His galleries in L.A., Miami and New York showcase home furnishings, lighting, fashion, art and mannequins, and each year Pucci stages a fundraiser for Jazz House Kids, a program providing music classes, mentoring and apprenticeships.
“We feel there is a close correlation between our ideas at Pucci and jazz,” he said. “Jazz is a form of music that’s obviously well studied and also a form of music that explores. The jazz icons in ‘Voices’ took the idea right in front of them — the notes of the music — and brought it to areas that were unexpected. At Pucci, there’s also a freedom to explore with design ideas, very much the same way.
“With each of these women there is an incredible story of pain, an incredible story of success and an incredible story of how they reinvented music, and then there is the beauty of this imagery,” Pucci added. “They literally put their necks on the line going on stage back then. They had bottles thrown at them, and at the same time they were creating a form of music that was not always understood. This wasn’t the music everyone was listening to at that particular moment, then it became what everyone was listening to. These are goddesses.”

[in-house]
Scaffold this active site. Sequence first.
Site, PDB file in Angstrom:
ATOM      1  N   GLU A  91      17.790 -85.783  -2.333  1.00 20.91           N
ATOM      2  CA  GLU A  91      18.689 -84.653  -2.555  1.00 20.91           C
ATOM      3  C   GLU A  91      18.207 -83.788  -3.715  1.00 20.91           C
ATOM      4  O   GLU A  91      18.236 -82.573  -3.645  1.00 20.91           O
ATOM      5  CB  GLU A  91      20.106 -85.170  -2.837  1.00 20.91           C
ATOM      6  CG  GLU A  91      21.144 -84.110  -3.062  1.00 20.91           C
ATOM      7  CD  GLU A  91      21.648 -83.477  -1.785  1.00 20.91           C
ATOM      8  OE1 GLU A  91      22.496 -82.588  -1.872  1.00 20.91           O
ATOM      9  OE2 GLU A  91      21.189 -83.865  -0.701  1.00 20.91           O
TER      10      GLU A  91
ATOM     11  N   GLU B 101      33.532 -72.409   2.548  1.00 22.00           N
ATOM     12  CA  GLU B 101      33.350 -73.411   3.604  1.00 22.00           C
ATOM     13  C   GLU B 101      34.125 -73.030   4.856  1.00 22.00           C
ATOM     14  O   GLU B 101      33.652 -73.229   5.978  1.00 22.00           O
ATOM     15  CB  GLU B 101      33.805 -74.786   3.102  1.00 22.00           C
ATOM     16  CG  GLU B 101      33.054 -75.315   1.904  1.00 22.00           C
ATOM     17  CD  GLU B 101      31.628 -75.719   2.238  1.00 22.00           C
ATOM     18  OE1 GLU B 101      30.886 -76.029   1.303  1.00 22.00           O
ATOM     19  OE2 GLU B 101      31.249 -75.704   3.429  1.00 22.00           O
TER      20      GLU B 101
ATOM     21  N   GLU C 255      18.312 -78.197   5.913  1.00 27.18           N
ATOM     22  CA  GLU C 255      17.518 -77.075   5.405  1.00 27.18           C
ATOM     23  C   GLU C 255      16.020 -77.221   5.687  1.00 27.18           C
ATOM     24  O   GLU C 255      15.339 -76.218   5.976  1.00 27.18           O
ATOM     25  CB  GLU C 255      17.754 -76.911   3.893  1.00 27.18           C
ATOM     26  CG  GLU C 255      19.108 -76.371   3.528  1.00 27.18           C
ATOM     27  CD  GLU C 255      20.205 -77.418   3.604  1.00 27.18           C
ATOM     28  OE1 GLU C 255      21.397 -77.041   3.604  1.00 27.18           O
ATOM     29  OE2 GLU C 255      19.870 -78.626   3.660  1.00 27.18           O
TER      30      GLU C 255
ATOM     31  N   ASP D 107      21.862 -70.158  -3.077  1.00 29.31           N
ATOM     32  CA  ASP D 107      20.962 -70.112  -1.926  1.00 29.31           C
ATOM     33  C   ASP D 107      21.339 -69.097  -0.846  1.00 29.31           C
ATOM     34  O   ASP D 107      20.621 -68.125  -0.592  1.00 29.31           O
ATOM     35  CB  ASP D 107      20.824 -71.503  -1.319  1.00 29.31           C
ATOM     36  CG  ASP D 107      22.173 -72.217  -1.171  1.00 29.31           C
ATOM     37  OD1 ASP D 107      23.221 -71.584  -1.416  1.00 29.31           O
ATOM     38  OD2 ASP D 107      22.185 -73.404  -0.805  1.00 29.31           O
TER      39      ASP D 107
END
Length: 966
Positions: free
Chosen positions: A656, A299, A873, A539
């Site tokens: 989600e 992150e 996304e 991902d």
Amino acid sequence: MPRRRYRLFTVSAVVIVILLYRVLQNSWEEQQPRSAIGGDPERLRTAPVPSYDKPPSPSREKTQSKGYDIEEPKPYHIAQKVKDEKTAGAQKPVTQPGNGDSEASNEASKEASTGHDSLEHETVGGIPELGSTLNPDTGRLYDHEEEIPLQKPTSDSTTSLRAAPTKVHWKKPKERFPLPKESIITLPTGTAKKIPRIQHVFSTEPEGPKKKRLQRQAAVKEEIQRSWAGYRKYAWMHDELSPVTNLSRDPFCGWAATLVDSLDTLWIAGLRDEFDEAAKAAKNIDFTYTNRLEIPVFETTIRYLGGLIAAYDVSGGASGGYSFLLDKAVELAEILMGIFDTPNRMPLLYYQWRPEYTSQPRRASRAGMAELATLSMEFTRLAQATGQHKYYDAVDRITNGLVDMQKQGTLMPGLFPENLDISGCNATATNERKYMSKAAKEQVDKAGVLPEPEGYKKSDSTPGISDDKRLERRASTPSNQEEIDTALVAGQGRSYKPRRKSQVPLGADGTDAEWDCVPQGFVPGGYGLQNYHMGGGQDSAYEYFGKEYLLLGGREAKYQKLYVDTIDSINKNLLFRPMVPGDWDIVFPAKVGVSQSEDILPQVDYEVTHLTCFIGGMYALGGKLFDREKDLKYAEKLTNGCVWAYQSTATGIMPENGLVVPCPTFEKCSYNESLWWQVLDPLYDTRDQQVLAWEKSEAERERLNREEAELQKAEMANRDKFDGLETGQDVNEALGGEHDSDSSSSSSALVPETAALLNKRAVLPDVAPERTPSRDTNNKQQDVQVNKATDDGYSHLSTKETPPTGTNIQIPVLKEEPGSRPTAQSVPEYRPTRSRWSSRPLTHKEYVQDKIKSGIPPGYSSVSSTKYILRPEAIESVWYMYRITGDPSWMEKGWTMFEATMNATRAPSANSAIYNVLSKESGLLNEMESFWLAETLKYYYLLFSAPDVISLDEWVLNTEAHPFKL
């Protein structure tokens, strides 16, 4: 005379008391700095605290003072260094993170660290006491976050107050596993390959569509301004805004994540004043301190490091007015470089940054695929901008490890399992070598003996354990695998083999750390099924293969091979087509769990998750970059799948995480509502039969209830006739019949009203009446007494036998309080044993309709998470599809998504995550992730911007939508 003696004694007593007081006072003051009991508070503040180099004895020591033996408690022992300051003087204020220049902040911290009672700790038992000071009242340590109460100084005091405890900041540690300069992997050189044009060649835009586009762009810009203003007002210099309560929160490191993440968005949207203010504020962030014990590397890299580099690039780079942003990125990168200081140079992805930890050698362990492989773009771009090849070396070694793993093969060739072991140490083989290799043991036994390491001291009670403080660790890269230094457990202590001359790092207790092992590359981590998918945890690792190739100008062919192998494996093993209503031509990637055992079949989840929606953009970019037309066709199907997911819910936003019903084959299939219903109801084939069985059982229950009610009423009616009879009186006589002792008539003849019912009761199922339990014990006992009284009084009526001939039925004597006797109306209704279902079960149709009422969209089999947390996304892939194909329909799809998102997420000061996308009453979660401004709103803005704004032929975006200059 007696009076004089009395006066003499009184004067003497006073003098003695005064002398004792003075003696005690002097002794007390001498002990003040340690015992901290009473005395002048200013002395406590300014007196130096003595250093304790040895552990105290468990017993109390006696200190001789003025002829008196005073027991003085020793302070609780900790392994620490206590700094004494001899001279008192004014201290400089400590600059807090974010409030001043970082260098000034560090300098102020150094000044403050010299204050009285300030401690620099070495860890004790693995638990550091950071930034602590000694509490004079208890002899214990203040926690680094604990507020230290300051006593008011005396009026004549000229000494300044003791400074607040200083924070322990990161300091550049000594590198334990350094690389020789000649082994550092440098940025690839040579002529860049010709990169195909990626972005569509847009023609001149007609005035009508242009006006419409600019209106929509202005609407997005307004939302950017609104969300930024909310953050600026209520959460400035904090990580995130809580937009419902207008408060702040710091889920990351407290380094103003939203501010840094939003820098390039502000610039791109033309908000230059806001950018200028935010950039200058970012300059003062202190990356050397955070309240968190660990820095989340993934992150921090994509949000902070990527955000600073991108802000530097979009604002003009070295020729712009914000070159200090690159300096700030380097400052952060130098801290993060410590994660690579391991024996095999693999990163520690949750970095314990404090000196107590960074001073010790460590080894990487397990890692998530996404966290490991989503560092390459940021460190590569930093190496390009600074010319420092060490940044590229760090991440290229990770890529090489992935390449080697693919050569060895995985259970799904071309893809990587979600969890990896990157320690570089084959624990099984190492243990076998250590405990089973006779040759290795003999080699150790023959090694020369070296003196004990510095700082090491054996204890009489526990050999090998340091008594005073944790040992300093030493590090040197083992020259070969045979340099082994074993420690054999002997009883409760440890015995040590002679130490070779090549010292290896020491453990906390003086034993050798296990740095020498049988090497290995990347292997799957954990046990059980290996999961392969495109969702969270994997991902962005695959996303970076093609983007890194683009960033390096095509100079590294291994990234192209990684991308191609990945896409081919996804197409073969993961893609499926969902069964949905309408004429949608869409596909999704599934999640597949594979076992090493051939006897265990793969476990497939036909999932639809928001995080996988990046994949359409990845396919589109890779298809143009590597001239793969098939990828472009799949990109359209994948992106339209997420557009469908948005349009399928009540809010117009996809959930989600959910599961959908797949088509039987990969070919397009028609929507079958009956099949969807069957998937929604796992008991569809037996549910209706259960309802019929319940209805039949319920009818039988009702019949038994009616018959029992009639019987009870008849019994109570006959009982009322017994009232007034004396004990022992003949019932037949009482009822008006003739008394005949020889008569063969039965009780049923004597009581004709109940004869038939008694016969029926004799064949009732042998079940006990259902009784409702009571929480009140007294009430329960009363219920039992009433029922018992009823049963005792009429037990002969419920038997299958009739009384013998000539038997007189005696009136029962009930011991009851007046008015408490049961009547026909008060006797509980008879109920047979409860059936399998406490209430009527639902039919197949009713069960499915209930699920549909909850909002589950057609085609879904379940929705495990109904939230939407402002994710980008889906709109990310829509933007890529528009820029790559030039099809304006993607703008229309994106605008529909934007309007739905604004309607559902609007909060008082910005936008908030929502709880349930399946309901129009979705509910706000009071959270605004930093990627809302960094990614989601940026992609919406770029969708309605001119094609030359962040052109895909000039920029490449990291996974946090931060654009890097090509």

“Ella perfected scat,” Moses said. “She would listen and listen and listen to sounds and mold them into something else. She did a 15-minute scat in Berlin that was epic. She was friends with Marilyn Monroe, who learned a lot about singing by listening to Ella. When Ella wanted to sing at a Los Angeles club but wasn’t allowed, Marilyn called the owner and said, ‘I will sit in the front row and bring my friends every night.’ Ella was always indebted to Marilyn.
“Joyce Bryant — they called her the Black Marilyn Monroe and the bronze bombshell. She was truly a great beauty with an incredibly strong voice and a range of several octaves. She wore beautiful pink chiffon gowns with this incredible bustier,” said Moses, noting that the 94-year-old Bryant was once burned in effigy by the Ku Klux Klan.
“Billie Holiday, when ironing her hair, accidentally burned it off,” Moses said. “So she literally took gardenias in a vase and just put them on to cover the burn. Gardenias became her signature.
“Hazel Scott was a prodigy. She played two pianos simultaneously and had an amazing voice. She was married to Adam Clayton Powell. Hazel, Joyce, Lena — several of the women made movies too.”
Nina Simone, Moses said, “had her dark sides but really felt joy when she got up off the piano and started dancing. Her voice was so intoxicating. I thought a pink background would be a total juxtaposition to her, and then I found out that pink was her favorite color.”
“They did extraordinary things with music, but being women of color they had to fight triply hard,” said Moses said. “They couldn’t even walk in the front doors of where they performed. What they did was so legendary. I would hope that singers of today could look at these women, read their stories and learn. Their struggles left a big impact on me.”